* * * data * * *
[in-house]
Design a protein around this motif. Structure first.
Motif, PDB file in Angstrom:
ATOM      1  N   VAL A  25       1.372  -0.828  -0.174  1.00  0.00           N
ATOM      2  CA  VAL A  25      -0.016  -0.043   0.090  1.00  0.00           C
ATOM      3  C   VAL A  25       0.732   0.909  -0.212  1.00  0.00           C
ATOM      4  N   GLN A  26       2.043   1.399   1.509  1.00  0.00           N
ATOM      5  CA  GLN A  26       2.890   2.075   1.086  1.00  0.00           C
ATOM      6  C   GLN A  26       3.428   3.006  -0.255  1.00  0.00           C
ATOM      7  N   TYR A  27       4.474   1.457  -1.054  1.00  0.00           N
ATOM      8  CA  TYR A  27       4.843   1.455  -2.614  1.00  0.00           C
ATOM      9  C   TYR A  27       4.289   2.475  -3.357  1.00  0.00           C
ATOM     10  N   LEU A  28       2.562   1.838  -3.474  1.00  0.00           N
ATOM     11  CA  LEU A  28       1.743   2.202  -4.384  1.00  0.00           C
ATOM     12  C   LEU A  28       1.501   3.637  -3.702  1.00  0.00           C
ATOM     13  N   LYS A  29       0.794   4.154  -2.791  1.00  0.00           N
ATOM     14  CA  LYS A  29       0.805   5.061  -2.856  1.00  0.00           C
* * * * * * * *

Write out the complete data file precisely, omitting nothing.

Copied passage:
[in-house]
Design a protein around this motif. Structure first.
Motif, PDB file in Angstrom:
ATOM      1  N   VAL A  25       1.372  -0.828  -0.174  1.00  0.00           N
ATOM      2  CA  VAL A  25      -0.016  -0.043   0.090  1.00  0.00           C
ATOM      3  C   VAL A  25       0.732   0.909  -0.212  1.00  0.00           C
ATOM      4  N   GLN A  26       2.043   1.399   1.509  1.00  0.00           N
ATOM      5  CA  GLN A  26       2.890   2.075   1.086  1.00  0.00           C
ATOM      6  C   GLN A  26       3.428   3.006  -0.255  1.00  0.00           C
ATOM      7  N   TYR A  27       4.474   1.457  -1.054  1.00  0.00           N
ATOM      8  CA  TYR A  27       4.843   1.455  -2.614  1.00  0.00           C
ATOM      9  C   TYR A  27       4.289   2.475  -3.357  1.00  0.00           C
ATOM     10  N   LEU A  28       2.562   1.838  -3.474  1.00  0.00           N
ATOM     11  CA  LEU A  28       1.743   2.202  -4.384  1.00  0.00           C
ATOM     12  C   LEU A  28       1.501   3.637  -3.702  1.00  0.00           C
ATOM     13  N   LYS A  29       0.794   4.154  -2.791  1.00  0.00           N
ATOM     14  CA  LYS A  29       0.805   5.061  -2.856  1.00  0.00           C